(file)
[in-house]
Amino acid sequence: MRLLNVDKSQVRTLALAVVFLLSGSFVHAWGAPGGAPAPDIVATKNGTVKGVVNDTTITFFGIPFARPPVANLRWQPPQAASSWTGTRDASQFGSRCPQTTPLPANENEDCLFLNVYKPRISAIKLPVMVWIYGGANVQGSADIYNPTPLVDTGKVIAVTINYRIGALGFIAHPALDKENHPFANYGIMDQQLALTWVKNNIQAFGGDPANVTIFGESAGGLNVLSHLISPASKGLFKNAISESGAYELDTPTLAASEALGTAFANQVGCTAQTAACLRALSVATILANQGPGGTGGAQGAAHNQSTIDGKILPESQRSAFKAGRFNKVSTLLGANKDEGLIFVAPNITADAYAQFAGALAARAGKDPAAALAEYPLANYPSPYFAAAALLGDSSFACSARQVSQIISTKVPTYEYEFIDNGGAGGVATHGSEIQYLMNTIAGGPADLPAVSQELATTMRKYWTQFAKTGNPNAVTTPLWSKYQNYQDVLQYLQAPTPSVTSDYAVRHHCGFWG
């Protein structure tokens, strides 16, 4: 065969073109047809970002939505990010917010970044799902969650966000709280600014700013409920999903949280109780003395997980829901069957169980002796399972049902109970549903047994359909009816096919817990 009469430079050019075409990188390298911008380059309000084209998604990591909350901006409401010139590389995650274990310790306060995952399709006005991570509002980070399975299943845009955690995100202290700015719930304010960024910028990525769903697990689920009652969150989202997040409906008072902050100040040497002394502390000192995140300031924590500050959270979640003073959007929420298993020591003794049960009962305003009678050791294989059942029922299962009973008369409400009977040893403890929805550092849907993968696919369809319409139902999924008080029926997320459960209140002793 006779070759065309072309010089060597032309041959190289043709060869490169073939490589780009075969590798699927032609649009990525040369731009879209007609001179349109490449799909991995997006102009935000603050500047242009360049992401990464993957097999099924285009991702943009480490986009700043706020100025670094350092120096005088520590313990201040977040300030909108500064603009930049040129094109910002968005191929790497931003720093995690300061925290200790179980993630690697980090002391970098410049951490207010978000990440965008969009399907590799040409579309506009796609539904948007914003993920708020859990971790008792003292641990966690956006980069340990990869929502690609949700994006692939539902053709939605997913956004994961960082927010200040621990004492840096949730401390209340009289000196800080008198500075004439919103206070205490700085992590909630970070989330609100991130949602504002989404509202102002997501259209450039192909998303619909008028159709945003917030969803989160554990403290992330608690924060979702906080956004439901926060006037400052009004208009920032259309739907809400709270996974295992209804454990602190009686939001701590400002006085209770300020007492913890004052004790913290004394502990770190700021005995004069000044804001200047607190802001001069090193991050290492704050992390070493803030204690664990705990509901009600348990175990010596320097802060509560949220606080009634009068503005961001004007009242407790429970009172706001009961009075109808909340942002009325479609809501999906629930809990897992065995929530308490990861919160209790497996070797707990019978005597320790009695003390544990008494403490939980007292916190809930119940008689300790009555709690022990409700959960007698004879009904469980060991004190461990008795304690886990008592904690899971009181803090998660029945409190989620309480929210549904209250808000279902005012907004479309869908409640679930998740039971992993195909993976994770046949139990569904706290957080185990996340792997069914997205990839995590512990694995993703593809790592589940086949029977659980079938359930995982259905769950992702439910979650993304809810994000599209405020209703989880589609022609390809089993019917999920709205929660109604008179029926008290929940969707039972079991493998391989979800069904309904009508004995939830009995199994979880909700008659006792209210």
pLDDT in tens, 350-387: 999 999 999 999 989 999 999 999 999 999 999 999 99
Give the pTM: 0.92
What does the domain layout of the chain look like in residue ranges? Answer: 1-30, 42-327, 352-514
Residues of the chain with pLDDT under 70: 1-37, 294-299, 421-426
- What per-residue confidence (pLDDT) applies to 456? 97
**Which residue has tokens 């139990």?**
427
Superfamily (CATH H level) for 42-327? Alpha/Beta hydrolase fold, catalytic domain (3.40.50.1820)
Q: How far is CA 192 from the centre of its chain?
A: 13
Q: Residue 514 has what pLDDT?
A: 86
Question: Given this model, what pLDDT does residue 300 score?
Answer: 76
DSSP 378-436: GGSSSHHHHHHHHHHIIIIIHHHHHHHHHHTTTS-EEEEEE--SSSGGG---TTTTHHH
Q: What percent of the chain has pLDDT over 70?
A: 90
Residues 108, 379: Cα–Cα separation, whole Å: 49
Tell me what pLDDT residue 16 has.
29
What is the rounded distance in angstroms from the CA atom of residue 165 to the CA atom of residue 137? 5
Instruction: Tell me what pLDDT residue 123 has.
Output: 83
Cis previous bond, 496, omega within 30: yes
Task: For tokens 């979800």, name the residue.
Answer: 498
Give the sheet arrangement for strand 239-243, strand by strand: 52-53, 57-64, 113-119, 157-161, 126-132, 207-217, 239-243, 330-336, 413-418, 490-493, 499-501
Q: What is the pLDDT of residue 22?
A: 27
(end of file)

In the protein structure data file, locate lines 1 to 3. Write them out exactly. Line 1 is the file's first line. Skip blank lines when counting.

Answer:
[in-house]
Amino acid sequence: MRLLNVDKSQVRTLALAVVFLLSGSFVHAWGAPGGAPAPDIVATKNGTVKGVVNDTTITFFGIPFARPPVANLRWQPPQAASSWTGTRDASQFGSRCPQTTPLPANENEDCLFLNVYKPRISAIKLPVMVWIYGGANVQGSADIYNPTPLVDTGKVIAVTINYRIGALGFIAHPALDKENHPFANYGIMDQQLALTWVKNNIQAFGGDPANVTIFGESAGGLNVLSHLISPASKGLFKNAISESGAYELDTPTLAASEALGTAFANQVGCTAQTAACLRALSVATILANQGPGGTGGAQGAAHNQSTIDGKILPESQRSAFKAGRFNKVSTLLGANKDEGLIFVAPNITADAYAQFAGALAARAGKDPAAALAEYPLANYPSPYFAAAALLGDSSFACSARQVSQIISTKVPTYEYEFIDNGGAGGVATHGSEIQYLMNTIAGGPADLPAVSQELATTMRKYWTQFAKTGNPNAVTTPLWSKYQNYQDVLQYLQAPTPSVTSDYAVRHHCGFWG
């Protein structure tokens, strides 16, 4: 065969073109047809970002939505990010917010970044799902969650966000709280600014700013409920999903949280109780003395997980829901069957169980002796399972049902109970549903047994359909009816096919817990 009469430079050019075409990188390298911008380059309000084209998604990591909350901006409401010139590389995650274990310790306060995952399709006005991570509002980070399975299943845009955690995100202290700015719930304010960024910028990525769903697990689920009652969150989202997040409906008072902050100040040497002394502390000192995140300031924590500050959270979640003073959007929420298993020591003794049960009962305003009678050791294989059942029922299962009973008369409400009977040893403890929805550092849907993968696919369809319409139902999924008080029926997320459960209140002793 006779070759065309072309010089060597032309041959190289043709060869490169073939490589780009075969590798699927032609649009990525040369731009879209007609001179349109490449799909991995997006102009935000603050500047242009360049992401990464993957097999099924285009991702943009480490986009700043706020100025670094350092120096005088520590313990201040977040300030909108500064603009930049040129094109910002968005191929790497931003720093995690300061925290200790179980993630690697980090002391970098410049951490207010978000990440965008969009399907590799040409579309506009796609539904948007914003993920708020859990971790008792003292641990966690956006980069340990990869929502690609949700994006692939539902053709939605997913956004994961960082927010200040621990004492840096949730401390209340009289000196800080008198500075004439919103206070205490700085992590909630970070989330609100991130949602504002989404509202102002997501259209450039192909998303619909008028159709945003917030969803989160554990403290992330608690924060979702906080956004439901926060006037400052009004208009920032259309739907809400709270996974295992209804454990602190009686939001701590400002006085209770300020007492913890004052004790913290004394502990770190700021005995004069000044804001200047607190802001001069090193991050290492704050992390070493803030204690664990705990509901009600348990175990010596320097802060509560949220606080009634009068503005961001004007009242407790429970009172706001009961009075109808909340942002009325479609809501999906629930809990897992065995929530308490990861919160209790497996070797707990019978005597320790009695003390544990008494403490939980007292916190809930119940008689300790009555709690022990409700959960007698004879009904469980060991004190461990008795304690886990008592904690899971009181803090998660029945409190989620309480929210549904209250808000279902005012907004479309869908409640679930998740039971992993195909993976994770046949139990569904706290957080185990996340792997069914997205990839995590512990694995993703593809790592589940086949029977659980079938359930995982259905769950992702439910979650993304809810994000599209405020209703989880589609022609390809089993019917999920709205929660109604008179029926008290929940969707039972079991493998391989979800069904309904009508004995939830009995199994979880909700008659006792209210």